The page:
Senator Perkins begins to gear up for Atlantic Yards oversight hearing, but it won’t be held April 24
More pressing Senate business has delayed the tentatively scheduled April 24 hearing by the Senate Standing Committee on Corporations, Authorities and Commissions regarding the performance of agencies like the Empire State Development Corporation (ESDC) and the Metropolitan Transportation Authority (MTA).
It may make for a more thorough hearing, as well, since Senate Committee Chair Bill Perkins, as well as his main staff member working on the issue, are clearly still getting up to speed on Atlantic Yards.
Coming to Brooklyn
Perkins, a Harlem Democrat who last September held an oversight hearing on eminent domain, came to Brooklyn Saturday to meet with about 15 people--mostly but not exclusively critics and opponents of AY--to be briefed on the project.
Among the group were State Senator Velmanette Montgomery, City Council Member Letitia James, City Council candidate JoAnne Simon, Prospect Heights Action Coalition founder Patti Hagan, Council of Brooklyn Neighborhoods (CBN) co-chair Terry Urban, and Lincoln Restler, who was appointed by Council Member David Yassky appointment to Community Board 2. (A CBN officer, Jim Vogel, now works in Montgomery's office.)
The group met privately with Perkins. Then, introduced by Montgomery, Perkins held a brief press conference for, well, myself and a reporter and photographer from the Courier-Life chain.
After the press conference, Perkins and his group left the Fort Greene meeting place for a planned walk around the AY footprint.
Given wind and rain, that plan was untenable, so the group wound up on the third floor of Forest City Ratner’s Atlantic Center, where a good view was available of the MTA’s Vanderbilt Yard and the rest of the AY footprint’s first phase, checkerboarded with both existing buildings and vacant lots.
(In photo above, Perkins, center, is flanked by Eric McClure of Park Slope Neighbors/NoLandGrab at right and Ron Shiffman of Develop Don't Destroy Brooklyn at left. To the left of Shiffman in the photo, in partial view, are Montgomery and Regina Cahill of the North Flatbush Business Improvement District. Photos of group by Steve Soblick.)
Montgomery explained that Perkins “has agreed to use the experience we had here as an example of what happens or does not happen in terms of megadevelopments around the state.”
Perkins pointed out that, in light of the economic downturn, there are many questions about the viability of Atlantic Yards and other projects, so “it’s appropriate and necessary from the perspective of the public interest, to review where the project is at.”
That involves a look at issues that may need to be reconsidered, modifications that may need to be made, and what additional public resources are being considered for this project.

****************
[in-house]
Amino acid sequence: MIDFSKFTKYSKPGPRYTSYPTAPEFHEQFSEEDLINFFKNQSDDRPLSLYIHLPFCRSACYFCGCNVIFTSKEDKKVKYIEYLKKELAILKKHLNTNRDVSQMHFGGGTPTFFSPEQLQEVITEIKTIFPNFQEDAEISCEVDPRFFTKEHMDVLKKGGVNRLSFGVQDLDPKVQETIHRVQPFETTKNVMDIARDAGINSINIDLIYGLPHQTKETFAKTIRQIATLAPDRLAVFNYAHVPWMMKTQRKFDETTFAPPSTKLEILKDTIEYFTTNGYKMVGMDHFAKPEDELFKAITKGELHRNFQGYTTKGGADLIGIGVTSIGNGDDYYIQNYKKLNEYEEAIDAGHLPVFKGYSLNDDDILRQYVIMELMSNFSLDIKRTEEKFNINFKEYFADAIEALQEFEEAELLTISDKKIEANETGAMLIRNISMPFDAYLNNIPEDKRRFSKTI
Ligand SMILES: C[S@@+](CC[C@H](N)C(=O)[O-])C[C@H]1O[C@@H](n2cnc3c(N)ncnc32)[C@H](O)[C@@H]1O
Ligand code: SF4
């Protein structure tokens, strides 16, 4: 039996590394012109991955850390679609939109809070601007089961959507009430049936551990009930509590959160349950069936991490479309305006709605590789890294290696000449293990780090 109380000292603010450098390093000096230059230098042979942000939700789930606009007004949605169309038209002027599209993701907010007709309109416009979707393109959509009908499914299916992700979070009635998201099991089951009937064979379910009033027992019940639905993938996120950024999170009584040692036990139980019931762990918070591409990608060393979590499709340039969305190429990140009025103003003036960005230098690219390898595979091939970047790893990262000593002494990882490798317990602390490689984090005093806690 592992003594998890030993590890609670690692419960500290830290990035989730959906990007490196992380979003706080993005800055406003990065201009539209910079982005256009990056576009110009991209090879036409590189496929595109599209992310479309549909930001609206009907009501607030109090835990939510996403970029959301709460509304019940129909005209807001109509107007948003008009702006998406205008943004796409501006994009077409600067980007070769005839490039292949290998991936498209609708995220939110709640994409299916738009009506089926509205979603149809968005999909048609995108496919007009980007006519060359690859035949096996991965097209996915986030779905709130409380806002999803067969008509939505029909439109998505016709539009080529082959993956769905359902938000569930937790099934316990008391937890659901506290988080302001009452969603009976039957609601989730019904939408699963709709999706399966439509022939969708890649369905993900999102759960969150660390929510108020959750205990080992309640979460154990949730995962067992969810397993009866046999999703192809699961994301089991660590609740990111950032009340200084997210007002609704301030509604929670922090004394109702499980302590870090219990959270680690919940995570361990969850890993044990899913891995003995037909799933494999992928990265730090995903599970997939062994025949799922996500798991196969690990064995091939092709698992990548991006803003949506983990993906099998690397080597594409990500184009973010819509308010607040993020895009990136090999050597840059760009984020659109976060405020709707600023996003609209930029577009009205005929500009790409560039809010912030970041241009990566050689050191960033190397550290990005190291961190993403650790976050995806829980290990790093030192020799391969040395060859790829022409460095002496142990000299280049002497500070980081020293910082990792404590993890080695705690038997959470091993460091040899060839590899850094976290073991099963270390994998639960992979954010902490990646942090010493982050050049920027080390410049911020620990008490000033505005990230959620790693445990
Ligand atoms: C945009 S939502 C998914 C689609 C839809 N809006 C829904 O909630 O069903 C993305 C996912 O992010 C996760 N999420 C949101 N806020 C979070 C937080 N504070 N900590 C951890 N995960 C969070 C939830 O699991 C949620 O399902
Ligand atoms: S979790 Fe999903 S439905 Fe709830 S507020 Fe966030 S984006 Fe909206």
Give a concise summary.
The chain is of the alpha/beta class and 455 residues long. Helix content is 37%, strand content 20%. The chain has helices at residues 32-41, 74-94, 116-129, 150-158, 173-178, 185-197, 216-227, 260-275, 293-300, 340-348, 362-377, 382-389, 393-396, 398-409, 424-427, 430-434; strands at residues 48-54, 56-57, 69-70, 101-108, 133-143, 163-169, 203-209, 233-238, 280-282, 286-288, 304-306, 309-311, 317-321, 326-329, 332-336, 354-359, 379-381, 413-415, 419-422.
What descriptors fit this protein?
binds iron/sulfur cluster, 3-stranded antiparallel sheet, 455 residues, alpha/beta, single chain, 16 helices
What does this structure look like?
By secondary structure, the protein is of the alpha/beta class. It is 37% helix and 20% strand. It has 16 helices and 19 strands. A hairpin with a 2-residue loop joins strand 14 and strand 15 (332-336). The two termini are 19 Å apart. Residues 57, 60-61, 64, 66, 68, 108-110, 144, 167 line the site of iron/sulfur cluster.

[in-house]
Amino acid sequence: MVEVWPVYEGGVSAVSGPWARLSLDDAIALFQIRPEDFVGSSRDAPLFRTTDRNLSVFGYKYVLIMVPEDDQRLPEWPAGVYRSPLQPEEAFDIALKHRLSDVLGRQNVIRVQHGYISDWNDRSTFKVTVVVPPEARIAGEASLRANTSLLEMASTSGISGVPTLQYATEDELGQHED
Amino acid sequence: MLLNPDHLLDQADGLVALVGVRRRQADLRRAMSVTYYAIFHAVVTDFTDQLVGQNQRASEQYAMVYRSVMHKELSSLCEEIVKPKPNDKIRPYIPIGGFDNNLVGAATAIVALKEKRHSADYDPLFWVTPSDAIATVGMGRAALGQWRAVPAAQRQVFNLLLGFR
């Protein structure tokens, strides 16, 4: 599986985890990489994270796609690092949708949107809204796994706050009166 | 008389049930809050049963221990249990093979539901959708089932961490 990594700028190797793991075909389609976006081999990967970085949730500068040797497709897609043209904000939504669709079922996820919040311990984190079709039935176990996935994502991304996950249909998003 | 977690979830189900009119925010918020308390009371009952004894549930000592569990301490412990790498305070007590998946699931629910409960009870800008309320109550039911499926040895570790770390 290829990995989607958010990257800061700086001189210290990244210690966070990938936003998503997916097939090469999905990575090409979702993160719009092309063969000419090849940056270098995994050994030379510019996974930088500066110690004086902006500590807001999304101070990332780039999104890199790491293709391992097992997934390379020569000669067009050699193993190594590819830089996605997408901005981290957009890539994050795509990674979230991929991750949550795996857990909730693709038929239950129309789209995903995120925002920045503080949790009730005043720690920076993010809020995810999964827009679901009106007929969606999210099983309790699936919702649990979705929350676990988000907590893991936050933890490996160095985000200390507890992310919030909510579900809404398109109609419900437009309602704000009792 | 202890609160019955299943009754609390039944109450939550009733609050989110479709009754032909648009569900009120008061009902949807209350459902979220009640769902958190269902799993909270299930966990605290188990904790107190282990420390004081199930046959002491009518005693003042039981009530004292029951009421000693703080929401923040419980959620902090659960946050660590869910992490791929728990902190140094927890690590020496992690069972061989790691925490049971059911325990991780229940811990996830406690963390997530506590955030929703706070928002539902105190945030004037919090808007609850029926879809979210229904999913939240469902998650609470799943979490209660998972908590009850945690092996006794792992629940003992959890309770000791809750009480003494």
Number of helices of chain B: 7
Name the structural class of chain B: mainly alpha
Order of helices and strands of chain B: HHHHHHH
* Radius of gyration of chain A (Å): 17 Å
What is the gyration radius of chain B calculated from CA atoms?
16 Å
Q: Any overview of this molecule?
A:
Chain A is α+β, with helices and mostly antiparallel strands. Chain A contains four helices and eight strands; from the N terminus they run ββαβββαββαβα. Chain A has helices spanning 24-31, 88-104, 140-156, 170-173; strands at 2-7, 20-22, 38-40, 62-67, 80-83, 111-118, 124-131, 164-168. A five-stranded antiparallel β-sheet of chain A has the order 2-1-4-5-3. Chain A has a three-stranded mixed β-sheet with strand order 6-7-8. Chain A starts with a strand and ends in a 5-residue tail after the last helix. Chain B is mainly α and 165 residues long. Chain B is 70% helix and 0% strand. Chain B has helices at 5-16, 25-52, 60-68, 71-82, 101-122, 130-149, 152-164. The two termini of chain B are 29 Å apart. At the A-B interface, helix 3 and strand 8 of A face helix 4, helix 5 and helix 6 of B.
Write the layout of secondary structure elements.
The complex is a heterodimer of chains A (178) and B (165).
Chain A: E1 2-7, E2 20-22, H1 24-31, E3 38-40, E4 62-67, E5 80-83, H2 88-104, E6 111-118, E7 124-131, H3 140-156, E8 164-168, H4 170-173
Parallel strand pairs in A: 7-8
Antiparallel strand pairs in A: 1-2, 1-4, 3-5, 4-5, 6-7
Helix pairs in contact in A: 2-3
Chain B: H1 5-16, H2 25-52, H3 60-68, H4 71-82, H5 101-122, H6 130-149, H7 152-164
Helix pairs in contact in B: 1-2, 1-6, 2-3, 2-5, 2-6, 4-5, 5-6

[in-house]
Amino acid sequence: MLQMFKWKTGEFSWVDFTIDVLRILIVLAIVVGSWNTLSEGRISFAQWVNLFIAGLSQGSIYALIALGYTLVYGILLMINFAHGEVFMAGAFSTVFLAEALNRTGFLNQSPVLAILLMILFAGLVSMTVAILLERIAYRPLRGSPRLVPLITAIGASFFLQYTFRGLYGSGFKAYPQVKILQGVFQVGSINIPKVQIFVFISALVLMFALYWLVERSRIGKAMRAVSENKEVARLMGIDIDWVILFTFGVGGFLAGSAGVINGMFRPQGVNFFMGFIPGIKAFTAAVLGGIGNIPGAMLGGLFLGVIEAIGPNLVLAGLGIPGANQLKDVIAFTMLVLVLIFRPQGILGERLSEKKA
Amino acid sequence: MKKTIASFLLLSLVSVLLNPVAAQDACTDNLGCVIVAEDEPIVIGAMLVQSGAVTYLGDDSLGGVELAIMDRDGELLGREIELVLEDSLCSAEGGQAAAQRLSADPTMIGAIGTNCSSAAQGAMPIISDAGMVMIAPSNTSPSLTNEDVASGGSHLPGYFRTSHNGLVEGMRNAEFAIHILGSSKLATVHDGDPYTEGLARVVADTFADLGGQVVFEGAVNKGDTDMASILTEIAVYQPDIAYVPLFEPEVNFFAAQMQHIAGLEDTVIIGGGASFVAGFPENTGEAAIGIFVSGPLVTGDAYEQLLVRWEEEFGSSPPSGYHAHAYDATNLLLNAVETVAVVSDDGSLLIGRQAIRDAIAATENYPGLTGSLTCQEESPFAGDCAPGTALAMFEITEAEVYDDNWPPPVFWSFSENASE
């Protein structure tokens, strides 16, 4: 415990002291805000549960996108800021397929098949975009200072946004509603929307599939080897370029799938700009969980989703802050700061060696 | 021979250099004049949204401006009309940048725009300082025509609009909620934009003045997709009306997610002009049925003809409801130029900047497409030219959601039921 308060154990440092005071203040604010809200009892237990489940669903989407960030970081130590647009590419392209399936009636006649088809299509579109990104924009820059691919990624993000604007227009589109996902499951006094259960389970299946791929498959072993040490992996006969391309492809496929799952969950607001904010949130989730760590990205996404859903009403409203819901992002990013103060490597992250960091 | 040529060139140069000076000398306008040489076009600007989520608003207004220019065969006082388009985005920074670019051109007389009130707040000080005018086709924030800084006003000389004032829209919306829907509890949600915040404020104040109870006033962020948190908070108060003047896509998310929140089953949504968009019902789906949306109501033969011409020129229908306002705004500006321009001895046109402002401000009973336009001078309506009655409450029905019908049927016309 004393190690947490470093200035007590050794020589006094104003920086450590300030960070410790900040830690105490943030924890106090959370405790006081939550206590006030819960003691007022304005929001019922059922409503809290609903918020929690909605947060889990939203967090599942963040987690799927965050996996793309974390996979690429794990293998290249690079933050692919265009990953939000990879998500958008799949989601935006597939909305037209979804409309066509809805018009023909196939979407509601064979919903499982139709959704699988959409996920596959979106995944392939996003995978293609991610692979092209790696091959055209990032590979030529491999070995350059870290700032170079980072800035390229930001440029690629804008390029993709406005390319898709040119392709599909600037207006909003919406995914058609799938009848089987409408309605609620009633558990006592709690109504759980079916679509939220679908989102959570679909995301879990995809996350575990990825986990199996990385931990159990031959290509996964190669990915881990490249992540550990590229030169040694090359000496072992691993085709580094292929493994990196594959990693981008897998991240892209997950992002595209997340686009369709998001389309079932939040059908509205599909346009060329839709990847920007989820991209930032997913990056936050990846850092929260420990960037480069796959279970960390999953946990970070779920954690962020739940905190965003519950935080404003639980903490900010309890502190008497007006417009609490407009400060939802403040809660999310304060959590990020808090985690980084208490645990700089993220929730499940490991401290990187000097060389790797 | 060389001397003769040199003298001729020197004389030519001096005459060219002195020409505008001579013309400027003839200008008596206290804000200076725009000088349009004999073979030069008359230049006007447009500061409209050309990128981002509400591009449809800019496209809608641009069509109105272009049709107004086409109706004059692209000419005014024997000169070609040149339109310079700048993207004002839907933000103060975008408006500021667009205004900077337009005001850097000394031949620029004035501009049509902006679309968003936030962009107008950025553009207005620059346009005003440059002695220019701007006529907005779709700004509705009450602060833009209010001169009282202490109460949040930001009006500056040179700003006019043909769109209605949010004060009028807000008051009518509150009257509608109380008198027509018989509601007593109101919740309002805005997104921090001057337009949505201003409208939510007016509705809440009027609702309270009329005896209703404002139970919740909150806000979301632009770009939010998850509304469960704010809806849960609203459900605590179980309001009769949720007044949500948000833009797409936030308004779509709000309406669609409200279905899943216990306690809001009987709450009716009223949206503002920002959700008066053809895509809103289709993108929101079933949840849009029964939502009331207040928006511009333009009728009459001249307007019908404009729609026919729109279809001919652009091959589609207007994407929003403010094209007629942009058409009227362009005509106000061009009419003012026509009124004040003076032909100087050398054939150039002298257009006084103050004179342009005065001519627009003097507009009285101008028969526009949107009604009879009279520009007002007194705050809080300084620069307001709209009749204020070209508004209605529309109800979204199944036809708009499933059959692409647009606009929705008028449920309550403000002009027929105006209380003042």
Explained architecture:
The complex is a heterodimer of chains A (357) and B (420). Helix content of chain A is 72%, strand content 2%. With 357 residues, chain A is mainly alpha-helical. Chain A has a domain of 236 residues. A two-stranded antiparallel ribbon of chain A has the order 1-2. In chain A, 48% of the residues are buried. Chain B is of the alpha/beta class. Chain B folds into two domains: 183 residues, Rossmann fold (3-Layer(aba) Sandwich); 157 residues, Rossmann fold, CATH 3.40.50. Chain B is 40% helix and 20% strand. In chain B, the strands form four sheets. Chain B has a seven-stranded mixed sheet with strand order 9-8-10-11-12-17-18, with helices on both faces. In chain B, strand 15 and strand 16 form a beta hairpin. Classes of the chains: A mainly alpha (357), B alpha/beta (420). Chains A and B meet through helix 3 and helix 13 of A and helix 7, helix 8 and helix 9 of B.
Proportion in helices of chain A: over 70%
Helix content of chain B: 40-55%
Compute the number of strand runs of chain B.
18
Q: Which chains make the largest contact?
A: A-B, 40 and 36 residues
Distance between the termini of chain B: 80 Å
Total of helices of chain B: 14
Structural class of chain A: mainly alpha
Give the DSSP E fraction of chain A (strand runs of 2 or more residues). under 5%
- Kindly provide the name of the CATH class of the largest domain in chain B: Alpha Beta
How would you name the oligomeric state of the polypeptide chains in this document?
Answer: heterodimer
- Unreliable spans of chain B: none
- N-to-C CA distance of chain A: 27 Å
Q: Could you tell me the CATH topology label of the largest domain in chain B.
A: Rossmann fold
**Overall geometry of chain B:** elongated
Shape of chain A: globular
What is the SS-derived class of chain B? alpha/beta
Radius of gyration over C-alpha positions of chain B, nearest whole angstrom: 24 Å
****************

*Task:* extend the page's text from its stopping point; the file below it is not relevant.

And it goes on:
The Courier-Life's Steve Witt asked if Perkins had spoken to any of the signatories of the controversial Atlantic Yards Community Benefits Agreement.
Perkins said he wasn’t sure. Montgomery--a foe of the project--noted that no CBA signatories were present. Perkins followed up by saying he’d look at a broad range of agencies and community groups, but “we’re not at that point yet... we’re just getting a sense of what the project looks like.”
Asked about the priority issues, Perkins focused on the need for transparency regarding changes in the project, the prospect of federal stimulus funding, the current time frame, and community involvement. Eminent domain will remain a theme, as well questions of community benefits, in both their broad and narrow sense, he said.
During the walk to the mall, veteran community planner Shiffman pointed out how the term blight had been used to pursue the project.
“One of the things we’ll have to do is get a real definition of blight,” said Perkins, raising an issue that has been proposed but never moved forward in the legislature.
Perkins was informed of some basic elements of the AY project: the number of housing units planned, the need for major and concentrated housing subsidies, the bid process for the railyards, and the provision--or absence--of public services like schools.
What about the empty buildings and lots? Forest City Ratner bought them, under the threat of eminent domain, McClure pointed out.
(Yards photo adapted from Atlantic Yards site. Red ovals mark buildings since demolished.)
Many property owners did benefit from increased prices, noted Cahill, though commercial businesses, added Peter Krashes of the Dean Street Block Association, did have a harder time.
Of course, the gains made by homeowners came thanks not to Ratner’s generosity but to public funding--and, even if the developer had paid from its own pocket, the benefit in terms of vastly incrased development rights would have been worth it.
Perkins was told of the history of spot rezonings, converting former manufacturing buildings into housing, and of the organic development that emerged along Vanderbilt Avenue (a visit precluded by the rain).
The UNITY alternative
Shiffman explained the UNITY plan he helped devise, in which the railyard site, at least, would be divided into smaller develoment sites, “so you’re not dependent on the economics of one builder and one developer.” The plan, he added, would also connect better to adjacent Fort Greene.
Development over the railyards, Shiffman acknowledged, would not be cheap, but the direct footprint might be reduced, and it may not even be necessary to store trains in Brooklyn should, for example, the Long Island Rail Road and New Jersey Transit become knit in a regional transportation system.